Over the last 10 seasons, Taskmaster has become one of the weirdest, most wonderfully strange institutions in the world of British TV panel shows. The show’s premise is deceptively simple: Brit comedians subject themselves to several months’ worth of bizarre lateral thinking assignments—ranging from “Hide and seek for as long as you can” to “Draw a picture by walking with a GPS tracker that’s illustrating your every move”—and then are forced to defend their (sometimes ridiculous, sometimes ridiculously clever) solutions to host Greg Davies in front of a live audience. Now the show is being imported to the U.S. (via The CW) with its eighth season, featuring comedians Iain Stirling, Sian Gibson, Lou Sanders, Paul Sinha, and Joe Thomas, debuting on Sunday, August 2.
But while Davies is the titular Taskmaster—passing out sarcastic judgments to his hapless subjects—it’s “sidekick” Alex Horne who’s the show’s true mastermind. The series’ creator, Horne is also the one who designs and oversees the tasks themselves, running comedians through a gauntlet of increasingly absurd assignments for his, Davies’, and the audience’s amusement. We talked to Horne about the show’s (second) U.S. debut, the “HomeTaskings” assignments he gave viewers to help them kill time during the lockdowns this summer, and our very own Taskmaster-approved task for our readers to fulfill. (Warning: You’re going to need a lot of eggs.)
The A.V. Club: Let’s start with the big, dumb, philosophical question: If you were going to describe, in one sentence, what Taskmaster is about, what would it be?
Alex Horne: Yeah… It’s the sort of question you should have an answer to! I think, what it is, in one sentence: It’s allowing grownups to do the things they did when they were kids again. And luckily, those grown-ups are comedians, so it’ll be entertaining for the audience.
I really do feel that. When they can make a mess, or tear down a wall, or throw an egg, it’s all those things that you don’t do when you’re a grown-up.
AVC: How does that philosophy influence the ways you design the tasks?
AH: At first, it was just instinct. I would write the thing, and then think, “Oh, I’d like to see a comedian doing that.” And then you realize, more and more, that you need people to be able to approach it in different ways. So it needs to be quite open-ended. We don’t produce it at all. When they open the task, they just do it. We don’t tell them to do anything at all. So it needs to provide enough variety to make it interesting.
But also, if I’m honest, it’s still based mainly on instinct, in that I will know if I’ve had an idea that will work straight away. Like, one of them, very early, was just “Eat an egg, fastest wins.” And I knew that the comedians won’t do the same thing. Some will crack it open, some will cook it, some will refuse. I think you’ve got to trust that the five different comedians have such different brains. And we’re all so different. That was a very long-winded, not-very-good answer. But there’s no scientific formula.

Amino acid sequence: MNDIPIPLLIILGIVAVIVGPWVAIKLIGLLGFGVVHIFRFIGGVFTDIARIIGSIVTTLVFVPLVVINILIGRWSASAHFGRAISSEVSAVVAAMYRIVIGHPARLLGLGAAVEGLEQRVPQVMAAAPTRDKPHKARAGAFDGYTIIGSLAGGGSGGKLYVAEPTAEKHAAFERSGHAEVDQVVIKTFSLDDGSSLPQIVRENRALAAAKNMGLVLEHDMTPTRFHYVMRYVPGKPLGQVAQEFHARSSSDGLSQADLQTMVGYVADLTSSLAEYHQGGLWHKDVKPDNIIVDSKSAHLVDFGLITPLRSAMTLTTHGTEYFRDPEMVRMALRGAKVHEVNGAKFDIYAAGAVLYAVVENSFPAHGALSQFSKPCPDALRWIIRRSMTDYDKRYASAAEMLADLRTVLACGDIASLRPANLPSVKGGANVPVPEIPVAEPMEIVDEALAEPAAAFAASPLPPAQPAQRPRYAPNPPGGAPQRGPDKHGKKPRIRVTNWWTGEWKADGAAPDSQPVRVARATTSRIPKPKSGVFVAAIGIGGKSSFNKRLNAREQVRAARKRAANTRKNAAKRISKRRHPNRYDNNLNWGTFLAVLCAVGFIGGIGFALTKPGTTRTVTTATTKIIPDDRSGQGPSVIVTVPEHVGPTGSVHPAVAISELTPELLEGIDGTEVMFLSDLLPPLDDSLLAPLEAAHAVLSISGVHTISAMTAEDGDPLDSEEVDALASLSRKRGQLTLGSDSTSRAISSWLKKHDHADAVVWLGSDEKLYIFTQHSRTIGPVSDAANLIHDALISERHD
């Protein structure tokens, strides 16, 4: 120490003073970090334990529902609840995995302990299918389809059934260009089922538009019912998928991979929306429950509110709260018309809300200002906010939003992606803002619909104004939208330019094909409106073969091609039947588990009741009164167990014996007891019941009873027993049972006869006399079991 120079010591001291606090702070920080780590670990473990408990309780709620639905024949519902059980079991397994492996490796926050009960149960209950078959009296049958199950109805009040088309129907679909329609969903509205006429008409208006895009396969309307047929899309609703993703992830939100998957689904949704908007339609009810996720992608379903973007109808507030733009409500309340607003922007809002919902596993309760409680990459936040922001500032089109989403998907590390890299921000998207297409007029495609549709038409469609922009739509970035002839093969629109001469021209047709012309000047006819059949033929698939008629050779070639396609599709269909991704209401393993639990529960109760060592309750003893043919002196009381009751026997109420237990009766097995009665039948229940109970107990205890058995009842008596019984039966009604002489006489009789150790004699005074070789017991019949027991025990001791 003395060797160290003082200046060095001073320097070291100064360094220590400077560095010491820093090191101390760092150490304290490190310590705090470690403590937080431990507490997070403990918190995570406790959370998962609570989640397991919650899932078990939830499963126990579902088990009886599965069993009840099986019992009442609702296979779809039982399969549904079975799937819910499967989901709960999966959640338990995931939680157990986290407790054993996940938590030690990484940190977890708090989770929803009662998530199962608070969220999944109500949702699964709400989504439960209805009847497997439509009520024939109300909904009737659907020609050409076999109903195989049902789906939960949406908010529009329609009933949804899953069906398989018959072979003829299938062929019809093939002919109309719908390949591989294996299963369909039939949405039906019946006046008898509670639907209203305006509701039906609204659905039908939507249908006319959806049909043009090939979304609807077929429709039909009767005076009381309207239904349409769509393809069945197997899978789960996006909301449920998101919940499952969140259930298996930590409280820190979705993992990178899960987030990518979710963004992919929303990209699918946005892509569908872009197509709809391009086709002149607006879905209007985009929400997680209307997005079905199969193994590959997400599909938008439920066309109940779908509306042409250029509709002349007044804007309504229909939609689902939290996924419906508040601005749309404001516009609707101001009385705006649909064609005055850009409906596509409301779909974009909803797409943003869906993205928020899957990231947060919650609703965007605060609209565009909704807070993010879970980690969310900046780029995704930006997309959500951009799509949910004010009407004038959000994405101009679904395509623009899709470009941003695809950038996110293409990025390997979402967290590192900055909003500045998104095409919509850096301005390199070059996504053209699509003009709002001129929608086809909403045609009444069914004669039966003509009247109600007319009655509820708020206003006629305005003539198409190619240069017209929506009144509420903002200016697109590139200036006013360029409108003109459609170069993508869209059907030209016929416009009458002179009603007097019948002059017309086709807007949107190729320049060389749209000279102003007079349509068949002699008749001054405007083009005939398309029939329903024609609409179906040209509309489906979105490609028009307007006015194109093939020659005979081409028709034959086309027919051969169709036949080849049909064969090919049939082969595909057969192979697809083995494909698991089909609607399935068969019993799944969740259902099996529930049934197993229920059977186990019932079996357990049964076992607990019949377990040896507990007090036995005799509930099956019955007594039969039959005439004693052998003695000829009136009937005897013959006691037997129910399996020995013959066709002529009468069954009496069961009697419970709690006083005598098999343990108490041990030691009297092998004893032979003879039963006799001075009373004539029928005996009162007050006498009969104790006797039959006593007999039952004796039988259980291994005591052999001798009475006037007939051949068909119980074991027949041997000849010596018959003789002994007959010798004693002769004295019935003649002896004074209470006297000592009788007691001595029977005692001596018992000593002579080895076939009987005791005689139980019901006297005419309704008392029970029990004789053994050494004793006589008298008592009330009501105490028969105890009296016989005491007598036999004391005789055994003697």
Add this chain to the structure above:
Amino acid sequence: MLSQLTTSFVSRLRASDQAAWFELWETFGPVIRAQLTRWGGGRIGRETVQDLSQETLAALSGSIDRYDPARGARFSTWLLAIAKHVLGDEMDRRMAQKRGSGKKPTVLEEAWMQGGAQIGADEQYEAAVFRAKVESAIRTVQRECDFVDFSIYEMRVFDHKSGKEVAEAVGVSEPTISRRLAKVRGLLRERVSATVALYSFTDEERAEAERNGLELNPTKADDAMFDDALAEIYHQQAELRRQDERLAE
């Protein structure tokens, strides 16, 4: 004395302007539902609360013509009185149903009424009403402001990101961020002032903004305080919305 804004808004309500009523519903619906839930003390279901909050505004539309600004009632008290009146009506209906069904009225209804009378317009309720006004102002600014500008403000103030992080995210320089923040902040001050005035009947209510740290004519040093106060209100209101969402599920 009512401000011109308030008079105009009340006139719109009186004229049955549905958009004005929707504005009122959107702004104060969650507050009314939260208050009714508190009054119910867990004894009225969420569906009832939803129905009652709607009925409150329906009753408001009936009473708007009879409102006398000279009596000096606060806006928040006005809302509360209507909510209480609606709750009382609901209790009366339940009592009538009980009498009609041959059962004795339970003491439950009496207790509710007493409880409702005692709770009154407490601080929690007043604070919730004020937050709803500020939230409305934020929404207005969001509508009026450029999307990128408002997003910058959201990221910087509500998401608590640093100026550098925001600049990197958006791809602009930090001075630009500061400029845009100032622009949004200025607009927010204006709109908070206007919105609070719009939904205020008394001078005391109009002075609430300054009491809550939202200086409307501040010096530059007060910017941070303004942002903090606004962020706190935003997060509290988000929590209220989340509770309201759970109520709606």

AVC: Do you have rules that you’ve figured out about what definitely won’t work?
AH: Nope. There’s a sort of unwritten rule that the more elaborate the task is, the less likely it is to work. If we spend a lot of money on a big prop, it almost certainly won’t make it. But there are definitely exceptions to that.
AVC: You’ve talked in other interviews about a bubble wrap task that you’ve filmed several times but never included. What percentage of tasks don’t make it on the show?
AH: About two. We’re pretty good—without sounding boastful—we’re on our 10th series here now, so we pretty much know what will work. And if a task doesn’t work, we can see why, and then do it in the next series in a different way. We don’t test it on people any more. The first series, we had a comedian, and we tested them on him. But we realized it was pointless, because we don’t know what people are going to do. Because if two people do it badly, and three people do it the same, that’s still interesting. So, most things make it.
AVC: Do you have an example of a task you fixed or refined like that?
AH: A good example would be, there was a task we did in a very early series, it was a very simple task, which was, “Don’t blink. First person to blink loses.” And we did it as a throwaway thing. We do tiebreakers, in case there’s a draw, we film some very quick ones. So, it was just looking at a camera and not blinking. But we realized that, actually, if you let it go a bit longer, people will go to more extreme lengths to not blink. So when we did it first, it was quite funny, but not funny enough. But when we did it the next time, people were gaffer taping their eyes open, and just being far more ridiculous. So it was definitely a progression, I suppose, from saying “You’ve got 20 seconds” to “Do whatever you want.”
That was actually a good example, in terms of kids’ logic. I told my kids about that task, and my middle son, straight away, said he would just shut his eyes, and then you couldn’t blink. But none of the grown-ups thought of that.
AVC: One of the appeals of the show is sitting at home and thinking, “Oh, I know how I’d do that.” Do you have a favorite of the HomeTaskings you assigned to viewers over the summer?
AH: It’s interesting, because I’ve always wanted to do a public version of the show with normal people, because I think normal people are often far funnier than comedians, because they’re not trying to be funny. So it was a really nice side effect of this whole situation to be able to let people join in. I suppose anything where they turned their house upside down—because I felt like I was throwing a hand grenade in. There were things like “Convert your bathroom into somewhere you would want to go for an evening out.” And the things people did were so extreme. That’s what I really love, thinking that they’ve done all this effort just so people could see it on the internet. And they they’d have to be either clear it up, or live with it for a couple of months.
AVC: At what point did you know the show was coming to The CW?
AH: During lockdown! It was very strange. You know, I’m not involved in any of these negotiations or chats. But it felt to me like, there was interest, and then lockdown happened, so maybe people weren’t making as many shows. But also, we did this HomeTasking thing, and it really took off in America. We get the stats for people submitting things, and watching on YouTube, and we couldn’t understand why all these people from North America were watching it, and Australia as well. So I think that really helped convince the channel that it might work in America.